Alt-right troll Milo Yiannopoulos plans to speak at the University of Washington on January 20 thanks, in part, to GoFundMe.
Banned "alt-right" Twitter troll Milo Yiannopoulos plans to speak at the University of Washington on January 20, thanks, in part, to GoFundMe. Christopher Frizzelle

Twitter banned Milo Yiannopoulos from its platform after the Breitbart editor spearheaded a racist harassment campaign against black Saturday Night Live actor Leslie Jones, but at least one tech company is continuing to make money off of Yiannopoulos's racist, sexist, anti-Muslim, and anti-trans vitriol.

That tech company is GoFundMe, the sunny, do-gooder crowdfunding site with a brand most known for helping sick pets and injured people. As of January 4, GoFundMe users have crowdfunded, or are in the process of crowdfunding, nine of Yiannopoulos's college speaking events from Minnesota to Washington State. Together, these campaigns have raised a total of $13,820 for Yiannopoulos's campus security costs and venue deposits.

San Diego-based GoFundMe, which takes a five percent cut from its crowdfunding campaigns, has a user service policy that explicitly prohibits "the promotion of hate, violence, harassment, discrimination, terrorism, or intolerance of any kind relating to race, ethnicity, national origin, religious affiliation, sexual orientation, sex, gender or gender identity, or serious disabilities or diseases." But promoting intolerance based on race, ethnicity, and gender identity is at the root of Yiannopoulos's unimaginative celebrity. In recent weeks, Yiannopoulos has ratcheted up his anti-trans rhetoric, using one of his campus tours to target a trans student because of her gender identity. At a December event at the University of Wisconsin, Milwaukee, Yiannopoulos projected that student's face onto a screen and taunted her.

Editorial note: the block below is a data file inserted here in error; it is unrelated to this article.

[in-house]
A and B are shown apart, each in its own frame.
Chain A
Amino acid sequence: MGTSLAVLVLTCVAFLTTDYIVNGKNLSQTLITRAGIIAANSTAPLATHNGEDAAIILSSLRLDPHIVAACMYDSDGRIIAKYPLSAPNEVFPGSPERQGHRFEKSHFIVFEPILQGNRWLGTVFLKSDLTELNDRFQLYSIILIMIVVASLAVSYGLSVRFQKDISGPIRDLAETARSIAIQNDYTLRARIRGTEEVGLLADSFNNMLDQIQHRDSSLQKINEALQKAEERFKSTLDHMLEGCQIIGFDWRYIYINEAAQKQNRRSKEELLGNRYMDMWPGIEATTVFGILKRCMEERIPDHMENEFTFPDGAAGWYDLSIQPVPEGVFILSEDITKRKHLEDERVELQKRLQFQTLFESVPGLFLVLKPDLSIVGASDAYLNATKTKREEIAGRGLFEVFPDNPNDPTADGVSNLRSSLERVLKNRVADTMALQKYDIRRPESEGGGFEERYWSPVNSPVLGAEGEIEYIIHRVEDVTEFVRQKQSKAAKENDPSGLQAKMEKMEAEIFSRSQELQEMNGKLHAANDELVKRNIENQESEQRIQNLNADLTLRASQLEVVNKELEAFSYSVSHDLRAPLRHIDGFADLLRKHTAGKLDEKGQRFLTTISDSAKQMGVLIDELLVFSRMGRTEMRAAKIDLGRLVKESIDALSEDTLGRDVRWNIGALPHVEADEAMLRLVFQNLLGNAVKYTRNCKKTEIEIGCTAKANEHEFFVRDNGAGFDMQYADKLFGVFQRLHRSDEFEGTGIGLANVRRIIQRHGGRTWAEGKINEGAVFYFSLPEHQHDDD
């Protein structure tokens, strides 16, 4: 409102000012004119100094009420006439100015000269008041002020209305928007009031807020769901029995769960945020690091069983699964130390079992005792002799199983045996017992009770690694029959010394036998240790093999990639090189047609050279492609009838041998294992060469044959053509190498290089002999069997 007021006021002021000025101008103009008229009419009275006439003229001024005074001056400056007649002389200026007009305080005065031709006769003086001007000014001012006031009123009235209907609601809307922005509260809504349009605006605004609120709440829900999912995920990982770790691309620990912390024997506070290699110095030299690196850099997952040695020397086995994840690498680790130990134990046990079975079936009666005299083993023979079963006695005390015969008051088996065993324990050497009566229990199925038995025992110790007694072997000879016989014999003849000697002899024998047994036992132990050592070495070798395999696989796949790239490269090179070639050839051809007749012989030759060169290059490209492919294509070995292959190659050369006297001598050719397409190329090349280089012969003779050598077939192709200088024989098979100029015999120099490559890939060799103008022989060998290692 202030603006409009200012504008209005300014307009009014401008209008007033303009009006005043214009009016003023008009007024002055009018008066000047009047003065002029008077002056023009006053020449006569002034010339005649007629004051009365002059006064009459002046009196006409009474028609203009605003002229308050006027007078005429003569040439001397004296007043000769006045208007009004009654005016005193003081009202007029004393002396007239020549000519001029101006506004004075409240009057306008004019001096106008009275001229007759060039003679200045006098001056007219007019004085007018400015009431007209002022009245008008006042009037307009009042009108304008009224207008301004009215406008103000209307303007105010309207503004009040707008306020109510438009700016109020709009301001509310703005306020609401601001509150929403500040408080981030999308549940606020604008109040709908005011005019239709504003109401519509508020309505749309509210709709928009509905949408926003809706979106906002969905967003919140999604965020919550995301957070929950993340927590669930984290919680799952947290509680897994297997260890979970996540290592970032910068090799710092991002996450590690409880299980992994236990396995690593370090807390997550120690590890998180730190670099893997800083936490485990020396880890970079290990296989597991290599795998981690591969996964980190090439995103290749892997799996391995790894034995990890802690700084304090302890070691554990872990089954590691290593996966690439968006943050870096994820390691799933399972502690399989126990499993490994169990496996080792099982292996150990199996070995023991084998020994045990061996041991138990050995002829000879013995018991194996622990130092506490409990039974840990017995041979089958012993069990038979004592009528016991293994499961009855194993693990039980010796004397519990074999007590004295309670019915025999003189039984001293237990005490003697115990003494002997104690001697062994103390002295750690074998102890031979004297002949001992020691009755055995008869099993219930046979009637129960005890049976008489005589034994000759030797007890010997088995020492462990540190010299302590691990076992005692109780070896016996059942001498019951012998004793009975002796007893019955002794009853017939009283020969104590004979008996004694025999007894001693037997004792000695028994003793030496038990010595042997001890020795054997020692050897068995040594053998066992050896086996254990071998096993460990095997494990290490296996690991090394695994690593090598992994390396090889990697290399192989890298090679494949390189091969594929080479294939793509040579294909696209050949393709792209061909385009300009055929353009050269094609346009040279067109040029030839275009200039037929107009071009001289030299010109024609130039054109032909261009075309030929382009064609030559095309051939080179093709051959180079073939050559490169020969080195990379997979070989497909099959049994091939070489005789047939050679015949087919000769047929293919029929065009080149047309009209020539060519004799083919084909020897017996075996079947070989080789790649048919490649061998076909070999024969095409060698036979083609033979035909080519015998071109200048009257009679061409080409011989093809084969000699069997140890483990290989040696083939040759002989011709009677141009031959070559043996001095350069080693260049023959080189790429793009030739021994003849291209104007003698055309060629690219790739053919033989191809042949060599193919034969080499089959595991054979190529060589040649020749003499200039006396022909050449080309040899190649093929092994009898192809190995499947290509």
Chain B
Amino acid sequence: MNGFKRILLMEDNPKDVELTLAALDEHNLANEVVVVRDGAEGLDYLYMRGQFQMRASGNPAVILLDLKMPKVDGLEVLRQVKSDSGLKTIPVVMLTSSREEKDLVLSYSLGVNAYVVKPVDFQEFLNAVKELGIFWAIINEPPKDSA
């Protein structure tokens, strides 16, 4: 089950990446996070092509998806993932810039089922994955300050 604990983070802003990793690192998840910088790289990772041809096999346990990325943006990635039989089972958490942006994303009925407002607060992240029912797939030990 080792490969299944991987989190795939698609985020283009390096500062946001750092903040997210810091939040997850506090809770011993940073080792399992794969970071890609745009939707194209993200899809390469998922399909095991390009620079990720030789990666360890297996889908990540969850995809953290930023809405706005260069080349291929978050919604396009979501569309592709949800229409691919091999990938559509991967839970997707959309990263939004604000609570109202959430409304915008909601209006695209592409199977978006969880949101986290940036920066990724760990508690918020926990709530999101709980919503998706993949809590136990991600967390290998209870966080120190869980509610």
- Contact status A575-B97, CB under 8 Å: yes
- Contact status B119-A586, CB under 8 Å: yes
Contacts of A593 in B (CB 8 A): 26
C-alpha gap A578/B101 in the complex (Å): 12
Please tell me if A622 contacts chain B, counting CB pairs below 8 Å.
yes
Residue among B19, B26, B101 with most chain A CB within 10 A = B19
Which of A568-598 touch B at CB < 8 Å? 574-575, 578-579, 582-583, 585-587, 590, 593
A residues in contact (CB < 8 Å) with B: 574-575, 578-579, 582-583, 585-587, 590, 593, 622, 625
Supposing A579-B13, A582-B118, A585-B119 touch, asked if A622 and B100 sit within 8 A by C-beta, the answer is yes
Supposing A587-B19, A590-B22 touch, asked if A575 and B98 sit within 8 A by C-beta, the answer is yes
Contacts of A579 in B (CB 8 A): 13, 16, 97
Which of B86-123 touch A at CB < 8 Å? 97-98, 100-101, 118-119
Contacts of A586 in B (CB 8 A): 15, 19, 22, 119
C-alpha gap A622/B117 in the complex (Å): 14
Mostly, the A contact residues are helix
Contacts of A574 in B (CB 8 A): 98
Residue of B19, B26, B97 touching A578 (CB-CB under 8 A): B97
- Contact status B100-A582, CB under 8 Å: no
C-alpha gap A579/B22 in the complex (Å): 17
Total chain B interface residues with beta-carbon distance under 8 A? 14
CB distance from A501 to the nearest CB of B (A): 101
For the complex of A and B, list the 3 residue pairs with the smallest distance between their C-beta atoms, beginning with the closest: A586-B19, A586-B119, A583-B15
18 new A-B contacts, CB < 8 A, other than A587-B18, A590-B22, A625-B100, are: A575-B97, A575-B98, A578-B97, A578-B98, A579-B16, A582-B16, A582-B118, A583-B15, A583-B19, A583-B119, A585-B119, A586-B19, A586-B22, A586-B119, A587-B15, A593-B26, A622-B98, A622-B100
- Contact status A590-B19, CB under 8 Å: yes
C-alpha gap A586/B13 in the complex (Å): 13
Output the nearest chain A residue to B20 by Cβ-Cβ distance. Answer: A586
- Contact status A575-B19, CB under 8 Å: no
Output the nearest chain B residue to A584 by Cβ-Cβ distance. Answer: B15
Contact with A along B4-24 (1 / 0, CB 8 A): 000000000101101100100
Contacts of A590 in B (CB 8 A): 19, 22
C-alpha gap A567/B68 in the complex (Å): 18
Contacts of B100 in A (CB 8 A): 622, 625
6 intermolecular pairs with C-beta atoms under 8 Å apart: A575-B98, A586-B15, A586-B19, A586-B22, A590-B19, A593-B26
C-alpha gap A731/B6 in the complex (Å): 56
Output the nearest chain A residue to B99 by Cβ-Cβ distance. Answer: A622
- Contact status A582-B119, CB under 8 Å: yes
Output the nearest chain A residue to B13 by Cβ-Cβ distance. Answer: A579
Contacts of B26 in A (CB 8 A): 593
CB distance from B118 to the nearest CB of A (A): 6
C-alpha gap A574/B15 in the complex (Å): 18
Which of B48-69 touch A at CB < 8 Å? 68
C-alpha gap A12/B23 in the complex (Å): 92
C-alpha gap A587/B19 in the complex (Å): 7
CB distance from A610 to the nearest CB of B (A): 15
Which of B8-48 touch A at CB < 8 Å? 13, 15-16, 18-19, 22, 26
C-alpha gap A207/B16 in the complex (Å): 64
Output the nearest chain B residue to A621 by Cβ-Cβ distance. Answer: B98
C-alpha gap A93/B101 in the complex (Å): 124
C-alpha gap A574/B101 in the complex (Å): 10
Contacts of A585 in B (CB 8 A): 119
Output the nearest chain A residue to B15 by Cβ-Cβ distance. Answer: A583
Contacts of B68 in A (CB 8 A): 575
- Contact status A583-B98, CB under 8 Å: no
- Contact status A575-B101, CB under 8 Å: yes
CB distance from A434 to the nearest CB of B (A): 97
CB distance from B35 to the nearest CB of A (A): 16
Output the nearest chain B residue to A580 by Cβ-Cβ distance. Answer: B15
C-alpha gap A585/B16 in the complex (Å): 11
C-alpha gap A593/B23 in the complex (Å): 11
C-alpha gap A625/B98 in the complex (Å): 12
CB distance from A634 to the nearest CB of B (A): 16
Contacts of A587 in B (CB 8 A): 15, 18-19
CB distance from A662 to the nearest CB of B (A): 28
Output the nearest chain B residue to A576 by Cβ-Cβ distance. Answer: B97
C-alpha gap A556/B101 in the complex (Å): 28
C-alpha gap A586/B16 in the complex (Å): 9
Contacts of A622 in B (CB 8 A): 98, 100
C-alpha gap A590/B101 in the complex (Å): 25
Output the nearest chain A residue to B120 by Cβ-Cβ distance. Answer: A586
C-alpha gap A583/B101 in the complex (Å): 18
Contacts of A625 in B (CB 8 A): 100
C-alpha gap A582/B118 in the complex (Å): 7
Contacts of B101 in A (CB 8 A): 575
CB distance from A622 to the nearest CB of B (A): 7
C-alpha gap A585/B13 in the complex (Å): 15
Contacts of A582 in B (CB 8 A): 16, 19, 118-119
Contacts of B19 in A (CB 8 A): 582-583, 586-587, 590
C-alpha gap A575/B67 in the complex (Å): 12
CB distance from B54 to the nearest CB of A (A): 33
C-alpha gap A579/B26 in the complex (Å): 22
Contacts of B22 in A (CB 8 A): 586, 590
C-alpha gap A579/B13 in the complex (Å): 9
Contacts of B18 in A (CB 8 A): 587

GoFundMe did not respond to a request for comment by deadline.

In October, Washington State University students successfully raised $500 on GoFundMe campaign to build a replica of Donald Trump's proposed US-Mexico border wall on their campus. The campaign organizers, who exceeded their goal, said they'd use excess funds to pay for an Yiannapoulos visit. (A separate WSU campaign for Yiannapoulos raised $1,305 out of a $1,000 goal.) Republican students at the University of Washington are also using GoFundMe to bring Yiannopoulos to campus on the same day as Trump's inauguration. As of January 4, they've raised $6,000 of their $7,000 goal.

When one GoFundMe user pointed out that raising money to host Yiannopoulos could contradict GoFundMe's user service agreement, UW College Republicans president Jessie Gamble replied: "No this is not promoting hate. These funds will pay to staff the UWPD to guarantee everyone is safe at our event, for a security deposit on the room so that Kane Hall is secure, etc. This money goes towards safety so that this can be a successful event!"

UW graduate student Denise Grollmus, who has been vocal about protesting Yiannopoulos's presence on campus, disagreed. "That's a total deflection," she said. "Why are you raising money for security costs? So you can bring somebody in who shouts hateful things? They're raising money to bring Milo Yiannopoulos to campus to engage in hate speech and promote his white supremacist agenda."

In an event update posted five days after her response to the terms of service question, Gamble wrote that the first 30 people who contributed $100 to the event would receive free "Make America Great Again" hats and that $250 donors would receive an opportunity to meet Yiannopoulos in person.

"This, along with the $250 VIP pass on the gofundme allows us to actually have the event, as the security other miscellaneous fees are costing us nearly $7000," Gamble wrote.

UPDATE: As of today, UW Republicans have exceeded their $7,000 Milo Yiannopoulos target by $2,300, thanks to an appearance on KIRO radio and GoFundMe.